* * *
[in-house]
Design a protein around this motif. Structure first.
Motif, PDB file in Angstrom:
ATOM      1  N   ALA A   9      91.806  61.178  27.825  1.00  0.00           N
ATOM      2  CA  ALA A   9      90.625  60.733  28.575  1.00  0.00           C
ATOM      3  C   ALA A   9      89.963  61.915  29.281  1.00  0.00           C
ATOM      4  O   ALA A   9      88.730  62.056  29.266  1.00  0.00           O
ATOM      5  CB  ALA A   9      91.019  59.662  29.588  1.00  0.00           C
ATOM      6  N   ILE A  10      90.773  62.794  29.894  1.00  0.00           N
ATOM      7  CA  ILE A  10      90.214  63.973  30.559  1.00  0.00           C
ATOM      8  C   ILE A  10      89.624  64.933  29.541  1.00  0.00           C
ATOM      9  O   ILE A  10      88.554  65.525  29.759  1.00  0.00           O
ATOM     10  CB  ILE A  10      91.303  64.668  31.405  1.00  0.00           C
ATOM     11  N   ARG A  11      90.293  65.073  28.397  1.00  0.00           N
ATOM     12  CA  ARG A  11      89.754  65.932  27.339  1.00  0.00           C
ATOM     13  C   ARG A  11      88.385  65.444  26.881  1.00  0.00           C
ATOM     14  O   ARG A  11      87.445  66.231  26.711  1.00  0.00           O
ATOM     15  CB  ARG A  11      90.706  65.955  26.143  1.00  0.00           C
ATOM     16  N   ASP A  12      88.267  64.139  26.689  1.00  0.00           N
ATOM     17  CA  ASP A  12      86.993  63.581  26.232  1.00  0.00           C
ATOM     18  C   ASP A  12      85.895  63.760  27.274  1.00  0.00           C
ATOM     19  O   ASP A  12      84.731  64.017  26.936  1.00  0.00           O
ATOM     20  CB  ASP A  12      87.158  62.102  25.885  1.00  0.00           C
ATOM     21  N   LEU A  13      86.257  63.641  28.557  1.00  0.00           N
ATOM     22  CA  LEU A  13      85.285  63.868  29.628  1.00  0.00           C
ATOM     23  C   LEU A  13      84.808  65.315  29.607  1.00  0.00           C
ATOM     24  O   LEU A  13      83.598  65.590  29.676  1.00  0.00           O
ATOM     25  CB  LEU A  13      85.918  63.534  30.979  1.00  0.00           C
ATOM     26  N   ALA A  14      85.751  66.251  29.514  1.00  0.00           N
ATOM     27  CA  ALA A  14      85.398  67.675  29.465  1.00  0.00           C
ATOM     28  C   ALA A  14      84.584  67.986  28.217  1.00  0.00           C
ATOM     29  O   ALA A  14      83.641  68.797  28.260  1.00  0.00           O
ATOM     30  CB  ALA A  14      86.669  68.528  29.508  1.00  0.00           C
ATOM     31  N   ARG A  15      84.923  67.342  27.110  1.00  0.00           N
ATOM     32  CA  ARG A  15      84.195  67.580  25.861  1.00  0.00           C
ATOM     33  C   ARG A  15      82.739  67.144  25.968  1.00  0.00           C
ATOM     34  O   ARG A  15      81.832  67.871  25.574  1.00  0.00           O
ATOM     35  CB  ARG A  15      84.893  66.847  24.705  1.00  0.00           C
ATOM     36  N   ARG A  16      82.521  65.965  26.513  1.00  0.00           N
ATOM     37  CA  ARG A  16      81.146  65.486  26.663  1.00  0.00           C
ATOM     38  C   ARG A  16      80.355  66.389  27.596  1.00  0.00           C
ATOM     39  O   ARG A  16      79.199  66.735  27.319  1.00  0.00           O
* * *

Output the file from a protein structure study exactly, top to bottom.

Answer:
[in-house]
Design a protein around this motif. Structure first.
Motif, PDB file in Angstrom:
ATOM      1  N   ALA A   9      91.806  61.178  27.825  1.00  0.00           N
ATOM      2  CA  ALA A   9      90.625  60.733  28.575  1.00  0.00           C
ATOM      3  C   ALA A   9      89.963  61.915  29.281  1.00  0.00           C
ATOM      4  O   ALA A   9      88.730  62.056  29.266  1.00  0.00           O
ATOM      5  CB  ALA A   9      91.019  59.662  29.588  1.00  0.00           C
ATOM      6  N   ILE A  10      90.773  62.794  29.894  1.00  0.00           N
ATOM      7  CA  ILE A  10      90.214  63.973  30.559  1.00  0.00           C
ATOM      8  C   ILE A  10      89.624  64.933  29.541  1.00  0.00           C
ATOM      9  O   ILE A  10      88.554  65.525  29.759  1.00  0.00           O
ATOM     10  CB  ILE A  10      91.303  64.668  31.405  1.00  0.00           C
ATOM     11  N   ARG A  11      90.293  65.073  28.397  1.00  0.00           N
ATOM     12  CA  ARG A  11      89.754  65.932  27.339  1.00  0.00           C
ATOM     13  C   ARG A  11      88.385  65.444  26.881  1.00  0.00           C
ATOM     14  O   ARG A  11      87.445  66.231  26.711  1.00  0.00           O
ATOM     15  CB  ARG A  11      90.706  65.955  26.143  1.00  0.00           C
ATOM     16  N   ASP A  12      88.267  64.139  26.689  1.00  0.00           N
ATOM     17  CA  ASP A  12      86.993  63.581  26.232  1.00  0.00           C
ATOM     18  C   ASP A  12      85.895  63.760  27.274  1.00  0.00           C
ATOM     19  O   ASP A  12      84.731  64.017  26.936  1.00  0.00           O
ATOM     20  CB  ASP A  12      87.158  62.102  25.885  1.00  0.00           C
ATOM     21  N   LEU A  13      86.257  63.641  28.557  1.00  0.00           N
ATOM     22  CA  LEU A  13      85.285  63.868  29.628  1.00  0.00           C
ATOM     23  C   LEU A  13      84.808  65.315  29.607  1.00  0.00           C
ATOM     24  O   LEU A  13      83.598  65.590  29.676  1.00  0.00           O
ATOM     25  CB  LEU A  13      85.918  63.534  30.979  1.00  0.00           C
ATOM     26  N   ALA A  14      85.751  66.251  29.514  1.00  0.00           N
ATOM     27  CA  ALA A  14      85.398  67.675  29.465  1.00  0.00           C
ATOM     28  C   ALA A  14      84.584  67.986  28.217  1.00  0.00           C
ATOM     29  O   ALA A  14      83.641  68.797  28.260  1.00  0.00           O
ATOM     30  CB  ALA A  14      86.669  68.528  29.508  1.00  0.00           C
ATOM     31  N   ARG A  15      84.923  67.342  27.110  1.00  0.00           N
ATOM     32  CA  ARG A  15      84.195  67.580  25.861  1.00  0.00           C
ATOM     33  C   ARG A  15      82.739  67.144  25.968  1.00  0.00           C
ATOM     34  O   ARG A  15      81.832  67.871  25.574  1.00  0.00           O
ATOM     35  CB  ARG A  15      84.893  66.847  24.705  1.00  0.00           C
ATOM     36  N   ARG A  16      82.521  65.965  26.513  1.00  0.00           N
ATOM     37  CA  ARG A  16      81.146  65.486  26.663  1.00  0.00           C
ATOM     38  C   ARG A  16      80.355  66.389  27.596  1.00  0.00           C
ATOM     39  O   ARG A  16      79.199  66.735  27.319  1.00  0.00           O